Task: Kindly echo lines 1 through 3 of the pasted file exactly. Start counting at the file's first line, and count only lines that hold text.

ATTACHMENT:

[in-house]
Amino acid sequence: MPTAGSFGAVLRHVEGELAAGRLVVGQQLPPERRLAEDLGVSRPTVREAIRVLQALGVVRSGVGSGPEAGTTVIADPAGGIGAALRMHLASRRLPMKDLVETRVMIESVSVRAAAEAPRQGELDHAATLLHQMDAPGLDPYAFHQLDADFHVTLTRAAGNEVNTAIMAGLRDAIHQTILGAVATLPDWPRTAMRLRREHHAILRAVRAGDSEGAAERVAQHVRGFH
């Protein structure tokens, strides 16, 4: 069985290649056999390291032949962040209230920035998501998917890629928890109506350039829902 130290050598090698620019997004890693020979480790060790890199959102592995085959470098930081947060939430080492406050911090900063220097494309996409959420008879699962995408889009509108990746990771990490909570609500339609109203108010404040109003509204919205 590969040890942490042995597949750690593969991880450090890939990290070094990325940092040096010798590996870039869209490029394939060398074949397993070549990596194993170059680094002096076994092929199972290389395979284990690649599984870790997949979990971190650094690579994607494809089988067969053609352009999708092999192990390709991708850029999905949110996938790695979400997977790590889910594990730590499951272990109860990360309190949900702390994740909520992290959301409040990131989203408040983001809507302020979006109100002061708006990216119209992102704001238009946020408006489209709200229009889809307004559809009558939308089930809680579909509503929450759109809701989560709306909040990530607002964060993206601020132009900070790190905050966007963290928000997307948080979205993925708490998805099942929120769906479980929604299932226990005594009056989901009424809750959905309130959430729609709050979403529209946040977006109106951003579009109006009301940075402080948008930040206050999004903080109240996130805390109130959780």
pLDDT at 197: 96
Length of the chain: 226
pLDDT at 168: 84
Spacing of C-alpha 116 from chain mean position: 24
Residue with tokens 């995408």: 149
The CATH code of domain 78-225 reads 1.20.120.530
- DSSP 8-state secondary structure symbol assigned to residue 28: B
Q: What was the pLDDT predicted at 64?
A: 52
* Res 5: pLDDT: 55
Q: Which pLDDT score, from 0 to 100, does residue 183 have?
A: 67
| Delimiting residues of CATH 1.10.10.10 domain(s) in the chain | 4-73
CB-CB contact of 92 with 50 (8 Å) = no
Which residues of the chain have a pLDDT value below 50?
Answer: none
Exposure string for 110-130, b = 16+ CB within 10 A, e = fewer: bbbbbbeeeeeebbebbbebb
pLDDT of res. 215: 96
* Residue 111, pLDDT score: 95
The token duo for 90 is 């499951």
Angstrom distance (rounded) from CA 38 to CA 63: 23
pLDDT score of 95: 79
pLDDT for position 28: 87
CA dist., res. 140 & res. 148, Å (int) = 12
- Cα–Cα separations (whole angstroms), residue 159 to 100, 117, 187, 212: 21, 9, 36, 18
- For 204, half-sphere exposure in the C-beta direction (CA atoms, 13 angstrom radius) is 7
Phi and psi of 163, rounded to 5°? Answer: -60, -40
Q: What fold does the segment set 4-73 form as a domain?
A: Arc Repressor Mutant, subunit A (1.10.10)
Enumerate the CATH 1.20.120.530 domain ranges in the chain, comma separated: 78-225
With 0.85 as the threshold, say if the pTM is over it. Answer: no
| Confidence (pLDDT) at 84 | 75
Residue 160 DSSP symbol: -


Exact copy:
[in-house]
Amino acid sequence: MPTAGSFGAVLRHVEGELAAGRLVVGQQLPPERRLAEDLGVSRPTVREAIRVLQALGVVRSGVGSGPEAGTTVIADPAGGIGAALRMHLASRRLPMKDLVETRVMIESVSVRAAAEAPRQGELDHAATLLHQMDAPGLDPYAFHQLDADFHVTLTRAAGNEVNTAIMAGLRDAIHQTILGAVATLPDWPRTAMRLRREHHAILRAVRAGDSEGAAERVAQHVRGFH
């Protein structure tokens, strides 16, 4: 069985290649056999390291032949962040209230920035998501998917890629928890109506350039829902 130290050598090698620019997004890693020979480790060790890199959102592995085959470098930081947060939430080492406050911090900063220097494309996409959420008879699962995408889009509108990746990771990490909570609500339609109203108010404040109003509204919205 590969040890942490042995597949750690593969991880450090890939990290070094990325940092040096010798590996870039869209490029394939060398074949397993070549990596194993170059680094002096076994092929199972290389395979284990690649599984870790997949979990971190650094690579994607494809089988067969053609352009999708092999192990390709991708850029999905949110996938790695979400997977790590889910594990730590499951272990109860990360309190949900702390994740909520992290959301409040990131989203408040983001809507302020979006109100002061708006990216119209992102704001238009946020408006489209709200229009889809307004559809009558939308089930809680579909509503929450759109809701989560709306909040990530607002964060993206601020132009900070790190905050966007963290928000997307948080979205993925708490998805099942929120769906479980929604299932226990005594009056989901009424809750959905309130959430729609709050979403529209946040977006109106951003579009109006009301940075402080948008930040206050999004903080109240996130805390109130959780």